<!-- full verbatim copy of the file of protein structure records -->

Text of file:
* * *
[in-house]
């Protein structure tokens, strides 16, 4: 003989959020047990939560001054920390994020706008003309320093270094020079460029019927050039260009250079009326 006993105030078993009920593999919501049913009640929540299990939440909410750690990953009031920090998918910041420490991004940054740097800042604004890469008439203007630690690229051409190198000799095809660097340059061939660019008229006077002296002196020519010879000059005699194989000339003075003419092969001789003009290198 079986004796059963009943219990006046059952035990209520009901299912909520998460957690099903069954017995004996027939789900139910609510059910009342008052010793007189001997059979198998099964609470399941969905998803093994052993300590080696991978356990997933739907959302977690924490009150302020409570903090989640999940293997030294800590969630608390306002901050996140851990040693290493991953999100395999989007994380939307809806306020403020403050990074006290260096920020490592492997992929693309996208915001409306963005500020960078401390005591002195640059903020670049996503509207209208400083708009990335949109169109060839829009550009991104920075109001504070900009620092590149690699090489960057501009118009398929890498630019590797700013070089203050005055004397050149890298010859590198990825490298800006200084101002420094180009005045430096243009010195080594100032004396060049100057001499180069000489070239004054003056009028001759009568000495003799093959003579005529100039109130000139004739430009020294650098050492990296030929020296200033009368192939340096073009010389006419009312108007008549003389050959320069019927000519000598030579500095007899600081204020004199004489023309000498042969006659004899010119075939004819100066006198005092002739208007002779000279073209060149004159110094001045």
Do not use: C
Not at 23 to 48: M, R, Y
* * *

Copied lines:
[in-house]
């Protein structure tokens, strides 16, 4: 003989959020047990939560001054920390994020706008003309320093270094020079460029019927050039260009250079009326 006993105030078993009920593999919501049913009640929540299990939440909410750690990953009031920090998918910041420490991004940054740097800042604004890469008439203007630690690229051409190198000799095809660097340059061939660019008229006077002296002196020519010879000059005699194989000339003075003419092969001789003009290198 079986004796059963009943219990006046059952035990209520009901299912909520998460957690099903069954017995004996027939789900139910609510059910009342008052010793007189001997059979198998099964609470399941969905998803093994052993300590080696991978356990997933739907959302977690924490009150302020409570903090989640999940293997030294800590969630608390306002901050996140851990040693290493991953999100395999989007994380939307809806306020403020403050990074006290260096920020490592492997992929693309996208915001409306963005500020960078401390005591002195640059903020670049996503509207209208400083708009990335949109169109060839829009550009991104920075109001504070900009620092590149690699090489960057501009118009398929890498630019590797700013070089203050005055004397050149890298010859590198990825490298800006200084101002420094180009005045430096243009010195080594100032004396060049100057001499180069000489070239004054003056009028001759009568000495003799093959003579005529100039109130000139004739430009020294650098050492990296030929020296200033009368192939340096073009010389006419009312108007008549003389050959320069019927000519000598030579500095007899600081204020004199004489023309000498042969006659004899010119075939004819100066006198005092002739208007002779000279073209060149004159110094001045």
Do not use: C
Not at 23 to 48: M, R, Y